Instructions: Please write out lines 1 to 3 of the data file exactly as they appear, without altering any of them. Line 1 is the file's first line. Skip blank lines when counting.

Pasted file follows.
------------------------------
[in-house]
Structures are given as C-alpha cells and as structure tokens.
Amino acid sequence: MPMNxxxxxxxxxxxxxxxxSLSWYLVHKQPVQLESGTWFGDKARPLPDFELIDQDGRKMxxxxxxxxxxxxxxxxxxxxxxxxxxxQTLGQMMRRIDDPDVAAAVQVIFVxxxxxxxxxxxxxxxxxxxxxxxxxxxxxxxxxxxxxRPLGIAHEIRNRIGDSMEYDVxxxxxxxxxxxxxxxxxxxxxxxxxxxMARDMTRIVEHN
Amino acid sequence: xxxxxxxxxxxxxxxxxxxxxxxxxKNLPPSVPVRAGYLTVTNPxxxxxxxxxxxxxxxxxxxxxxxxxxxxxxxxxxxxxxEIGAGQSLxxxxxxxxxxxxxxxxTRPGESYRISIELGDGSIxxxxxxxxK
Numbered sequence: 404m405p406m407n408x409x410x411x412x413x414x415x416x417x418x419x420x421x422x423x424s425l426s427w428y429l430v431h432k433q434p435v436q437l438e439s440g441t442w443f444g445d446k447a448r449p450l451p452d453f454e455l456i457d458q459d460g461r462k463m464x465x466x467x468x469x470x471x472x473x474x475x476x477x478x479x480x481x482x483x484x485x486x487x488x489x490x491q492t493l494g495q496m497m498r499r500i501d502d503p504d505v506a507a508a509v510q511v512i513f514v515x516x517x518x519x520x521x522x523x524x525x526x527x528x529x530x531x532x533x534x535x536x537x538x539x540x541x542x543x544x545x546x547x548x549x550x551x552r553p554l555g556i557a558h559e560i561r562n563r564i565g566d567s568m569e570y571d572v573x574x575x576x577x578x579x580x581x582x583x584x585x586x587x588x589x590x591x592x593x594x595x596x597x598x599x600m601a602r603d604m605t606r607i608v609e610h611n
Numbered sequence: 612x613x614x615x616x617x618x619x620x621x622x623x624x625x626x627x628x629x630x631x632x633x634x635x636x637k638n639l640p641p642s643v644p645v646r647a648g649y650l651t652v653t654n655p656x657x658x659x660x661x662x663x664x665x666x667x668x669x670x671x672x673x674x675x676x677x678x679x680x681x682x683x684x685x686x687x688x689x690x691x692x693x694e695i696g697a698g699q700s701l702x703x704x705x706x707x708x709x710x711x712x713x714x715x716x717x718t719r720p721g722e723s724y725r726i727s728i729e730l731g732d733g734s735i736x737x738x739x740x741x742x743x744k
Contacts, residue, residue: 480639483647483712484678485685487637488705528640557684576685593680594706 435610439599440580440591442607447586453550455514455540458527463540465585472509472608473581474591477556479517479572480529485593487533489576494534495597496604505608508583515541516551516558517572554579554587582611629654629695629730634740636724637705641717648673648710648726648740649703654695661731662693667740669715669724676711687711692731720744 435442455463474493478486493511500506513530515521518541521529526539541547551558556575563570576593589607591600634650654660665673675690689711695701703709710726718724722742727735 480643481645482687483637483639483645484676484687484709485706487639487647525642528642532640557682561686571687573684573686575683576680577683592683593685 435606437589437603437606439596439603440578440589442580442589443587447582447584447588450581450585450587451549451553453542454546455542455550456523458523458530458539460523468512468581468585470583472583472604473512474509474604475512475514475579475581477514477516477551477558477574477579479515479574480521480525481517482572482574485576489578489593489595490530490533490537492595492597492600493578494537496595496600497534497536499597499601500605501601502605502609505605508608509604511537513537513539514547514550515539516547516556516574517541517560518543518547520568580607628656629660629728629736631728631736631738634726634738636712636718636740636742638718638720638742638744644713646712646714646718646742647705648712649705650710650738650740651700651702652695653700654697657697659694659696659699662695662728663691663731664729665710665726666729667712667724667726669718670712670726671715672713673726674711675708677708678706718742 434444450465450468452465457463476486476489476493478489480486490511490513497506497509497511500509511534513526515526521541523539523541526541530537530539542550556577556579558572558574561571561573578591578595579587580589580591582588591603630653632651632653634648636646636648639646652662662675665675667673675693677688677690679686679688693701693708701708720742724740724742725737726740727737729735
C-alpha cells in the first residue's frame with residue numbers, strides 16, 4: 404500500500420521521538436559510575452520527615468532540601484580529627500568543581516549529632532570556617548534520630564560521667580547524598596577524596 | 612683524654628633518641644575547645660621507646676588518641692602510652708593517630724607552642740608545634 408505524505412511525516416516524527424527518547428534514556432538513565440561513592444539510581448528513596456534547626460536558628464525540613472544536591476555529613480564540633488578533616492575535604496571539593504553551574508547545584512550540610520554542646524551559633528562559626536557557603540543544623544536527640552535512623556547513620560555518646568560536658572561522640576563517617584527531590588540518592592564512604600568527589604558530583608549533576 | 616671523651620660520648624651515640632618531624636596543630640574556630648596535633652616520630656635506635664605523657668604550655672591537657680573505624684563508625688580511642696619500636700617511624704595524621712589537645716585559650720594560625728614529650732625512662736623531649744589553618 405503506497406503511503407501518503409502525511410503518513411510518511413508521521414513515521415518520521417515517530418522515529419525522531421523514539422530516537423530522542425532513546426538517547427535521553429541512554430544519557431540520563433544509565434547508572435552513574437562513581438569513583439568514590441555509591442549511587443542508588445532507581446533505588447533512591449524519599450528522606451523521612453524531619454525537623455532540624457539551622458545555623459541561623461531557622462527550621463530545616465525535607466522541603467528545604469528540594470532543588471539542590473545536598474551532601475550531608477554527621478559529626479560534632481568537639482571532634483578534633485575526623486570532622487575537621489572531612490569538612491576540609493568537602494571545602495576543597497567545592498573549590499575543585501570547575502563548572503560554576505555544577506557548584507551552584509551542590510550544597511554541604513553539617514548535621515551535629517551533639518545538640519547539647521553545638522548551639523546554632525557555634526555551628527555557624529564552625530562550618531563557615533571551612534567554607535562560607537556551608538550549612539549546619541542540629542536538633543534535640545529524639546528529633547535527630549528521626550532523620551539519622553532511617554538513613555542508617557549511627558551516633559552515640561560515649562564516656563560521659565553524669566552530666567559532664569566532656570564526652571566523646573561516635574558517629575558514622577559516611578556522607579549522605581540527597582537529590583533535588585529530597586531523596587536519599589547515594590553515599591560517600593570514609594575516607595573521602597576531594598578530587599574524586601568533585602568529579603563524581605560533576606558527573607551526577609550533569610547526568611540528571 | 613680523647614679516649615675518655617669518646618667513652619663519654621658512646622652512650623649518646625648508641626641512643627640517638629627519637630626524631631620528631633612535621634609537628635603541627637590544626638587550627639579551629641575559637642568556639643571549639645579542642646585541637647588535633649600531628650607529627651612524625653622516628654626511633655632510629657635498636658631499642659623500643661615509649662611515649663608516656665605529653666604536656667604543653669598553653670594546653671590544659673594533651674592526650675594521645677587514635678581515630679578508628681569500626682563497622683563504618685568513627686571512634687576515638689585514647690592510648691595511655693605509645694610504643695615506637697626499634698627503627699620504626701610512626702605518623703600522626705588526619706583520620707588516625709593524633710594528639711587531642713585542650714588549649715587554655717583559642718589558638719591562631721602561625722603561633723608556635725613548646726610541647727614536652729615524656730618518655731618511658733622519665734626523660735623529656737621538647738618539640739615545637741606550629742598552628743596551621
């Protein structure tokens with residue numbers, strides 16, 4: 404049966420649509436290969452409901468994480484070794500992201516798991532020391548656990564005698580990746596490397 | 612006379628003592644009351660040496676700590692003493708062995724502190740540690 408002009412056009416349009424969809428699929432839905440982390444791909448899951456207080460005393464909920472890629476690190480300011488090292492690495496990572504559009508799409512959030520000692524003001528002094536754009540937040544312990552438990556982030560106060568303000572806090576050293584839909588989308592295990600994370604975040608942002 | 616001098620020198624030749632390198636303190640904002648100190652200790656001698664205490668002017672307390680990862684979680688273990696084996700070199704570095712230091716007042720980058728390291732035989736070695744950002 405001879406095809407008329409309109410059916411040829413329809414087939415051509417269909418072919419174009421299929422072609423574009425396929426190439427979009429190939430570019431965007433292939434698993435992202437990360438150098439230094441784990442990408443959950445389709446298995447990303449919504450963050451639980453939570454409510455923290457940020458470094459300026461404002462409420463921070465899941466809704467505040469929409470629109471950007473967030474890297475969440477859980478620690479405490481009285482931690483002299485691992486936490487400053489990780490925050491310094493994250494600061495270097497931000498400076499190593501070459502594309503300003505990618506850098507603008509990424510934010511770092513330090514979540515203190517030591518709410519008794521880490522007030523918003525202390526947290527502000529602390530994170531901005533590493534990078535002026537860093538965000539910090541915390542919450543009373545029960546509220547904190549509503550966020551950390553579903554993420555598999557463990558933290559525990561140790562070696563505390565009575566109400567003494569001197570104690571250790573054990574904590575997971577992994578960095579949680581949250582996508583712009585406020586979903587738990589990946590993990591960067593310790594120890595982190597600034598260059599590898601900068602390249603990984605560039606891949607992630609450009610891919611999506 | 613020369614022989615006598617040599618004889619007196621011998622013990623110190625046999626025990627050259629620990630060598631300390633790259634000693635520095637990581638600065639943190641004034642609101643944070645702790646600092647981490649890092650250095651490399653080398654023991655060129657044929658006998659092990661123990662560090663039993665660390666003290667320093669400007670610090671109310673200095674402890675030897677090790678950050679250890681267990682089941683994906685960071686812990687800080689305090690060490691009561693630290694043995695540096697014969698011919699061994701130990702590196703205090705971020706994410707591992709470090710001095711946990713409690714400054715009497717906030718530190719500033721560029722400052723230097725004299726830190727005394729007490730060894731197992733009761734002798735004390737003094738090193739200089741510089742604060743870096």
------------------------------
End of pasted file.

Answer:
[in-house]
Structures are given as C-alpha cells and as structure tokens.
Amino acid sequence: MPMNxxxxxxxxxxxxxxxxSLSWYLVHKQPVQLESGTWFGDKARPLPDFELIDQDGRKMxxxxxxxxxxxxxxxxxxxxxxxxxxxQTLGQMMRRIDDPDVAAAVQVIFVxxxxxxxxxxxxxxxxxxxxxxxxxxxxxxxxxxxxxRPLGIAHEIRNRIGDSMEYDVxxxxxxxxxxxxxxxxxxxxxxxxxxxMARDMTRIVEHN